Sure enough, Porcello allowed four straight hits and two runs in the third inning. After that, he looked like a different pitcher. He did yield a solo run in the fifth when he gave up a leadoff double and two groundouts.

But from the fourth through the seventh, he faced 13 hitters and retired 12 of them, including five by strikeout.

 

* Travis Shaw showed signs of digging out his funk at the plate.

Shaw was 0-for-6 to start the homestand, and since the beginning of August, had compiled an anemic .141/.236/.264 slash line with only four extra-base hits (two doubles, two doubles).

That resulted in Shaw losing playing time to Aaron Hill at third, and being dropped lower in the batting order.

But Monday, Shaw smacked a double to right -- the kind of extra-base power that he almost routinely flashed in the first half -- and later added two singles for a three-hit night.

It marked the first multi-hit game for him since July 26, better than a month ago.

 

* Lo and behold, the Red Sox can collect hits with the bases loaded.

The team's struggles in that department have been well-chronicled. Coming into the night, the Sox were hitting just .211 in such situations, ranking them 14th out of the 15 A.L. teams.

Time after time, the Sox have failed to come through with the bases full, sometimes even with no outs.

But that wasn't the case Monday. Twice, in fact, the Sox had innings with the bases loaded and both times, they scored.

In the second, Brock Holt's single to left scored Chris Young, though Sandy Leon was cut down at the plate when the Sox tried to get two runs out of it.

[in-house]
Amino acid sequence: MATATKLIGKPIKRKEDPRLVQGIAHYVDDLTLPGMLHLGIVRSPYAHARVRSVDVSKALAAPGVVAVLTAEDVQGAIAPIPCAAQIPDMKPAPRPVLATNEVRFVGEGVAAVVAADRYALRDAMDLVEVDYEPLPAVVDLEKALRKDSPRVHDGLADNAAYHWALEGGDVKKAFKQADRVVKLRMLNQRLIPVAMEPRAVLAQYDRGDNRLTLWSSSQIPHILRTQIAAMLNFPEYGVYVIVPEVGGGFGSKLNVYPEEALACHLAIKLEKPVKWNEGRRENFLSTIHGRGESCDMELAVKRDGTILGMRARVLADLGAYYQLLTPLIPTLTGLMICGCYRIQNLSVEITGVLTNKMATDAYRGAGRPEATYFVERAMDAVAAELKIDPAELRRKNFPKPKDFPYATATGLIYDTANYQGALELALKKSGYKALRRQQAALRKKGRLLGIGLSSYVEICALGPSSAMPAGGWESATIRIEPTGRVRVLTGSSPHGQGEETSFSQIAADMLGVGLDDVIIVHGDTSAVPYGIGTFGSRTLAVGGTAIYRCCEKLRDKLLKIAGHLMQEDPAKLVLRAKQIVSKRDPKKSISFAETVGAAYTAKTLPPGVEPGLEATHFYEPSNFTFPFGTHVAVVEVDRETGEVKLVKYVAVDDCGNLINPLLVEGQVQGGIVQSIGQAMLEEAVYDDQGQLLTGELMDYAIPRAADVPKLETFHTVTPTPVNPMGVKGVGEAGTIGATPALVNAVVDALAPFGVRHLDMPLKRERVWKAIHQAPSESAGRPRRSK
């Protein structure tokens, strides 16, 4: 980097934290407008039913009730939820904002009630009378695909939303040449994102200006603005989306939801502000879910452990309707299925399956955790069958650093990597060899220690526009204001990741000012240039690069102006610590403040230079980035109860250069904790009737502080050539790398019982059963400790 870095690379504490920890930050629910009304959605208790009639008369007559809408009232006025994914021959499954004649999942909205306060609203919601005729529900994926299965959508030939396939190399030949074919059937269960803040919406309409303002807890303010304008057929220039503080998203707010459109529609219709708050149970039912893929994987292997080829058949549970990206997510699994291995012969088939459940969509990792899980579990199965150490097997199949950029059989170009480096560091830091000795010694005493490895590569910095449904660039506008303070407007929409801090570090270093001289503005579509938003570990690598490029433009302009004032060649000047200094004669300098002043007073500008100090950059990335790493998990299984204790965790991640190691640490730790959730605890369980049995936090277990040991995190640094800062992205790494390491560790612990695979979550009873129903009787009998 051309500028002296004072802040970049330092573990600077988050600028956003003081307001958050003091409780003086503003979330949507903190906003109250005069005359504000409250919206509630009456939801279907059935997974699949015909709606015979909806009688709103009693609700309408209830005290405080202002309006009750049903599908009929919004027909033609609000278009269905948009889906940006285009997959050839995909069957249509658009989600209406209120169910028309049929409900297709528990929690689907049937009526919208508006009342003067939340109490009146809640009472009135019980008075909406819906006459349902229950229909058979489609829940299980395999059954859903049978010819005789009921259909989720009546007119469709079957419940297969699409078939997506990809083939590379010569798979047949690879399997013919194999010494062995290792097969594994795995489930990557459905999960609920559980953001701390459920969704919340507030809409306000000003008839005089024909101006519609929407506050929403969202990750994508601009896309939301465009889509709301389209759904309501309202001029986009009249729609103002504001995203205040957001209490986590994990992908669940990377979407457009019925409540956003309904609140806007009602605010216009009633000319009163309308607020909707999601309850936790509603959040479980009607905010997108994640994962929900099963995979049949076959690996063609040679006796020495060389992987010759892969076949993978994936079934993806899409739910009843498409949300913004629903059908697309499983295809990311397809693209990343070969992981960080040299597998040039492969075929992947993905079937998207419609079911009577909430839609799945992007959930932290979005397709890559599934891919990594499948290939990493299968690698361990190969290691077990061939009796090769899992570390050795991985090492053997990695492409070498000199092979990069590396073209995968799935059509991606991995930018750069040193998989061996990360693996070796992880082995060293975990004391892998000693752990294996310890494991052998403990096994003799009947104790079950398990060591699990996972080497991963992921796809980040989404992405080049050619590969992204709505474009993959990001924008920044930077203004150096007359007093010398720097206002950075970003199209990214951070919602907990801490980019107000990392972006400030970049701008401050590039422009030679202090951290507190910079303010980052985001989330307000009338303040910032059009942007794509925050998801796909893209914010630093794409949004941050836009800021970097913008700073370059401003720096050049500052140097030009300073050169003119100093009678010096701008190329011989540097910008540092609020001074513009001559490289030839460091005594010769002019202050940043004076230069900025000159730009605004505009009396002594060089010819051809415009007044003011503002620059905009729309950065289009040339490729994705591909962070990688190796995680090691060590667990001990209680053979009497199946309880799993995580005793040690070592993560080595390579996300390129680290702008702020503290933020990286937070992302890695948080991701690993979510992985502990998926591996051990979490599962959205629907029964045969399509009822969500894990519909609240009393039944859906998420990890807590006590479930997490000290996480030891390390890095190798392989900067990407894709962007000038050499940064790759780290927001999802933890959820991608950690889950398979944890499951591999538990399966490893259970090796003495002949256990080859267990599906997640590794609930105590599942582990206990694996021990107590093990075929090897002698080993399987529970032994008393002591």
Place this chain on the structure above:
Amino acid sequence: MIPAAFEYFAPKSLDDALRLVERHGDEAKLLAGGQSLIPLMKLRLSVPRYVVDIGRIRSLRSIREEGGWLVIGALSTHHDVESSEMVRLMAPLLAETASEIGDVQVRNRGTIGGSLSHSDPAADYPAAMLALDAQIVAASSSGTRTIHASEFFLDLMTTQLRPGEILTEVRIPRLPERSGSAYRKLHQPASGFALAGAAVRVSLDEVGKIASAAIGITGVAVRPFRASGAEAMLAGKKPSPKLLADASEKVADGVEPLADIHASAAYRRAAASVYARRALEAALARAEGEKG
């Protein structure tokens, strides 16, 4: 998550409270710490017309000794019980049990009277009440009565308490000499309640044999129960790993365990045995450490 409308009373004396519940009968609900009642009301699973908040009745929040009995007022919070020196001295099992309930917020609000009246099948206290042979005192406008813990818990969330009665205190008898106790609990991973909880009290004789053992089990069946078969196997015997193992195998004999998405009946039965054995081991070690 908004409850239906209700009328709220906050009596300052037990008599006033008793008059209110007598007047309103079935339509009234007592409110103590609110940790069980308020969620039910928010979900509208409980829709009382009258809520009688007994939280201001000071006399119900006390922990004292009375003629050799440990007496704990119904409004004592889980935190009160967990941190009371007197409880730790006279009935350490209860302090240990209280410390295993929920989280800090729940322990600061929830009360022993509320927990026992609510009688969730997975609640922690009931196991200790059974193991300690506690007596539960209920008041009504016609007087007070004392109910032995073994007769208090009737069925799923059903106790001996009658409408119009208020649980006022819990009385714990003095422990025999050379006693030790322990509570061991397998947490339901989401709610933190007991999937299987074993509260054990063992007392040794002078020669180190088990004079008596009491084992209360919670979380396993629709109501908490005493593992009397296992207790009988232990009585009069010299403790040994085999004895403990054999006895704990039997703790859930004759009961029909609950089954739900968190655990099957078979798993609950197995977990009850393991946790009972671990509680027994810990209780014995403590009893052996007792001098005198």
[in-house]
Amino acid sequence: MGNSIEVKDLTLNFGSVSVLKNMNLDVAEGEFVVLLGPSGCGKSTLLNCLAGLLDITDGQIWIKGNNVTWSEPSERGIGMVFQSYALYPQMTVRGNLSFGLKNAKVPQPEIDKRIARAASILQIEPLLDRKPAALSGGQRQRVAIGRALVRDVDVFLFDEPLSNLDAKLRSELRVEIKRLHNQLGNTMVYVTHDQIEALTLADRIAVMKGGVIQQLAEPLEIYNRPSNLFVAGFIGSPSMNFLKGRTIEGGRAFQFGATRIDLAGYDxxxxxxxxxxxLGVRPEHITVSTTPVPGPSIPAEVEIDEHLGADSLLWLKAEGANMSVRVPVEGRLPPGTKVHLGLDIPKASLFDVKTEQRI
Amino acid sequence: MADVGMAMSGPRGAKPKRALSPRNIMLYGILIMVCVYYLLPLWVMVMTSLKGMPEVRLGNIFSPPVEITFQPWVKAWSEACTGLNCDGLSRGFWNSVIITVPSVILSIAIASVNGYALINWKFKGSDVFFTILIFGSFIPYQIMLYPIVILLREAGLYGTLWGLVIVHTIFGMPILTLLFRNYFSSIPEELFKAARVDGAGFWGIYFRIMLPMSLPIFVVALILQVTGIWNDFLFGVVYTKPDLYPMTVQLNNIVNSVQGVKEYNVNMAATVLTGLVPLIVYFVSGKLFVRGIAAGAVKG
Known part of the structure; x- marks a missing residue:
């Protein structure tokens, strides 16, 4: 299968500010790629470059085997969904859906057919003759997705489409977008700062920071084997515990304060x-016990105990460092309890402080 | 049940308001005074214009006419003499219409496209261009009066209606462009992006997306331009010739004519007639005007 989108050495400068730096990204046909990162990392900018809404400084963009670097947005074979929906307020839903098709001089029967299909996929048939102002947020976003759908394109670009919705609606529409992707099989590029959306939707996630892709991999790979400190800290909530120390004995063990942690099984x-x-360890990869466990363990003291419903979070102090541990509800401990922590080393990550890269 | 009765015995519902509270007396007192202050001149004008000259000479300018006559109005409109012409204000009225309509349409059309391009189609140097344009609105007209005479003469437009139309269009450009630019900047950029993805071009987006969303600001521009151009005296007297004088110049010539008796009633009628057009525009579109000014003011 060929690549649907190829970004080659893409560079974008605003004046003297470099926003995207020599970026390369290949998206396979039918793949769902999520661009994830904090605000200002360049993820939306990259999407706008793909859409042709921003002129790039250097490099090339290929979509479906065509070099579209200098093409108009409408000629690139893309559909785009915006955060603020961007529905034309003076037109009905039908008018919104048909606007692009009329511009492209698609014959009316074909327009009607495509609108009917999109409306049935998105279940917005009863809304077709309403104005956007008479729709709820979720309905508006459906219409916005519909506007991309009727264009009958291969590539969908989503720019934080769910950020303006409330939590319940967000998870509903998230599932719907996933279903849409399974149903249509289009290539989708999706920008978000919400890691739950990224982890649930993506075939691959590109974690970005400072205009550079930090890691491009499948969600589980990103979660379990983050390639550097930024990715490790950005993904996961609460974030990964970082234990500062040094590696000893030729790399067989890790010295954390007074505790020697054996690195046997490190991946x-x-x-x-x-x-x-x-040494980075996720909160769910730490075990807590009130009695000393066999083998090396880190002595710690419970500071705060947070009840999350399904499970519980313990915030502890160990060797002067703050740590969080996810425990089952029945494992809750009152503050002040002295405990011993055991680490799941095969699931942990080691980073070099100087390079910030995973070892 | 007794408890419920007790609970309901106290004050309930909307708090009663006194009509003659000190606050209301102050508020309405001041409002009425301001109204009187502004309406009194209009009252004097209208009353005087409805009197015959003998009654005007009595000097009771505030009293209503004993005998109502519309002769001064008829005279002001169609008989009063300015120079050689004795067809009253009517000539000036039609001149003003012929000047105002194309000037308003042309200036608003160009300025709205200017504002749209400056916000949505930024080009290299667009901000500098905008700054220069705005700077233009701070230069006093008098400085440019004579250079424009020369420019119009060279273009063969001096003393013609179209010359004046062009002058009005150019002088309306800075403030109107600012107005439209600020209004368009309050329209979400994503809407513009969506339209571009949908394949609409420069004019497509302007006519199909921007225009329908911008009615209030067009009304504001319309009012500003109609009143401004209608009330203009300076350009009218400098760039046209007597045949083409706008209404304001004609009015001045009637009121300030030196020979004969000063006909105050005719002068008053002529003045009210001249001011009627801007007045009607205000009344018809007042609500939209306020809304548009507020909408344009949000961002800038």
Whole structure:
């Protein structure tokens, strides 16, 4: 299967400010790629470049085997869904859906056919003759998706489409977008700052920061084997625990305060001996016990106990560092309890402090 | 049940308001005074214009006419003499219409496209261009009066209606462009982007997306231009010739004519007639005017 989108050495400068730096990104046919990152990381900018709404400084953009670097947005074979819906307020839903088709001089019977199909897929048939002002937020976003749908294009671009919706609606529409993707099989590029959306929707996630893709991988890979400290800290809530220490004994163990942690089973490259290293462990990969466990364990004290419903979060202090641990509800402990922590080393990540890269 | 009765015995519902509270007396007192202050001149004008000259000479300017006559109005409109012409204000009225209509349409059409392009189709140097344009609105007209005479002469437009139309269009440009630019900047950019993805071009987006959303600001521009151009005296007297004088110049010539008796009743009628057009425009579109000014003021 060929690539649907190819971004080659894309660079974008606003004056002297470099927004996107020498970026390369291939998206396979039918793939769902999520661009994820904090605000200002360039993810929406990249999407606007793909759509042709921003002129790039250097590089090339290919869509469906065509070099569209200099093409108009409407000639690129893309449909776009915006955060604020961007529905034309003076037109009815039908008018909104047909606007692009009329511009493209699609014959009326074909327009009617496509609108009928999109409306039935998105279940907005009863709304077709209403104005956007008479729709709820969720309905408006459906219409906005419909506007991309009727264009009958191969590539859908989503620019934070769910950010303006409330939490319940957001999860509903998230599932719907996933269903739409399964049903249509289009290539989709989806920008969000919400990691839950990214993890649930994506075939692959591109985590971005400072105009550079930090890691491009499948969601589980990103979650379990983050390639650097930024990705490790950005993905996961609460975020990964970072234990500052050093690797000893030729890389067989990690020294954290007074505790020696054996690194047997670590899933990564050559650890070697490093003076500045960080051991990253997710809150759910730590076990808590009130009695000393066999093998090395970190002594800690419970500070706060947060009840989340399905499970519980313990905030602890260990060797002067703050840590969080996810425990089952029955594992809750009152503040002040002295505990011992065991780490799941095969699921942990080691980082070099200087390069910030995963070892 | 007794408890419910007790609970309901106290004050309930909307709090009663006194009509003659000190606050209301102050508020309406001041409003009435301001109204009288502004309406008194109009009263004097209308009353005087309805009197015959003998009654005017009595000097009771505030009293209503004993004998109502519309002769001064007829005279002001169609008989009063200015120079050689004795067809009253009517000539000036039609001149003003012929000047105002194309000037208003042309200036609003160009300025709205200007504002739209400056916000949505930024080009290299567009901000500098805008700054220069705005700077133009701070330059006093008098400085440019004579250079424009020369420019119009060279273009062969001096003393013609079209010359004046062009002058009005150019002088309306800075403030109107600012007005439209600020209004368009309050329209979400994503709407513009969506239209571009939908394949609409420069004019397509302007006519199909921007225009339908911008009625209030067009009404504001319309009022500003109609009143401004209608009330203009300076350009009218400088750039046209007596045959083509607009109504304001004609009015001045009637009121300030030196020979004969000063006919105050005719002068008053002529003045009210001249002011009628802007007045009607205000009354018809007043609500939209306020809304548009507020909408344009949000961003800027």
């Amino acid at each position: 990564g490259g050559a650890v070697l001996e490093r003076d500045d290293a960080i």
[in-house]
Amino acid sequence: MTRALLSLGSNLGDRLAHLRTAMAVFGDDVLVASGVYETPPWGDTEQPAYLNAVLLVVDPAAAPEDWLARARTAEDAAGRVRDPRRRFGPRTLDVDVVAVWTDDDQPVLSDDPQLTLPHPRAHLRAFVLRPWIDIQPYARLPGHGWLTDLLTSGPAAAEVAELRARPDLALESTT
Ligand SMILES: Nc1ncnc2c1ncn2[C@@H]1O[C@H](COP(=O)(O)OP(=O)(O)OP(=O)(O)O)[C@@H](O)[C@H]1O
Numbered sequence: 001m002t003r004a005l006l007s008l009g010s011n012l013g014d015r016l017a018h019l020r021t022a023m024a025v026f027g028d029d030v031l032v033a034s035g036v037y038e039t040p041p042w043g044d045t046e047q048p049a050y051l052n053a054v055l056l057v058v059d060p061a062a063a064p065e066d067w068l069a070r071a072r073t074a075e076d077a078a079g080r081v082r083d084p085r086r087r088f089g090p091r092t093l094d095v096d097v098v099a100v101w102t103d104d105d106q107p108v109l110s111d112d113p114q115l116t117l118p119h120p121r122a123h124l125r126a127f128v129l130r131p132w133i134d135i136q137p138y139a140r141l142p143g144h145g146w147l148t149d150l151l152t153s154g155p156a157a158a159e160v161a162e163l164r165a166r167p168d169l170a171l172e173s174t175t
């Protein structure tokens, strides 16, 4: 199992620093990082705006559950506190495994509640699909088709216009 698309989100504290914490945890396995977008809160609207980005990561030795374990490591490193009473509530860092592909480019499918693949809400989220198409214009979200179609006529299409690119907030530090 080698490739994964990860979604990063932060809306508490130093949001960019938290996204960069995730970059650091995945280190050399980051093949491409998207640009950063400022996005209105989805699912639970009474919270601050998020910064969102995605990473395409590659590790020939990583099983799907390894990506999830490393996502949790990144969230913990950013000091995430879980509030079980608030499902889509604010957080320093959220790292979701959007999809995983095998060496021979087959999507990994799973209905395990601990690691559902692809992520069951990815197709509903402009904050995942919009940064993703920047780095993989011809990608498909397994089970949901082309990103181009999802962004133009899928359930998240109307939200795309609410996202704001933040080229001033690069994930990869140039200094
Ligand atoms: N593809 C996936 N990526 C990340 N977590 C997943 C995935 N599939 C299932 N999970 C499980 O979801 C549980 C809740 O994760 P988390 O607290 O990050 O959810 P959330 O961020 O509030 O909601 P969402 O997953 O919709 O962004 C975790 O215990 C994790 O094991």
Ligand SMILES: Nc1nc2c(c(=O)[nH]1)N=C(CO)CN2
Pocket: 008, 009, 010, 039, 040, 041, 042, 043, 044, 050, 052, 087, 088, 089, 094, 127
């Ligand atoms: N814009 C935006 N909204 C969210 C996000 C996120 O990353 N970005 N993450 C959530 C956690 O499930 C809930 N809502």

In the seventh, a sharp single to center by Sandy Leon scored two more.

 

After strong bullpen session, Koji Uehara could be back by Labor Day

After strong bullpen session, Koji Uehara could be back by Labor Day

BOSTON - For a bullpen that could use all the help it can get right now, there's the prospect that Koji Uehara could rejoin the Red Sox on Labor Day.

Uehara, who's been out since July 20 with a strained pectoral muscle, threw a bullpen Monday at Fenway that impressed John Farrell.

"He came out of today's work session in good fashion,'' said Farrell. "It was 25 pitches to hitters with good intensity to both his fastball and split. It's been impressive to see how he's handled the volume, and now, three times on the mound, the intensity to his bullpens and BP.''

Next up for Uehara will be a bullpen session Wednesday morning, followed by a live batting practice session Saturday in Oakland.

Since both Pawtucket's and Portland's seasons are over on Labor Day, Uehara won't have the option of going on a rehab assignment to face hitters before being activated.

But the Sox believe that he can build arm strength through these side sessions and BP sessions -- enough so that he could return to the active roster soon.

"We'll re-assess where is after Sunday,'' said Farrell, "and I wouldn't rule out activation [after that]. What we've done with Koji is just review how he feels after each session and we'll take it from there.''

Uehara, 41, is 2-3 with a 4.50 ERA, and while he's had a propensity for giving up homers (eight in just 36 innings), he had been throwing better before being injured.

And given the performance of the bullpen in general and the recent poor showings from Matt Barnes, the Sox would welcome Uehara back as soon as he's ready.

"The one thing that Koji has proven to us,'' noted Farrell, "is that, even with limited spring training work [in the past], he's been a very effective pitcher for us and obviously, he has a chance to make a very positive impact once he does return.''

Uehara's progress since late July has been a pleasant surprise for the Sox, who feared at the time of the injury that he might be done for the season.     

"To his credit,'' said Farrell, "he's worked his tail off and advanced fairly rapidly and he's withstanding the intensity that he's put into [the work]. A healthy Koji certainly adds to our bullpen.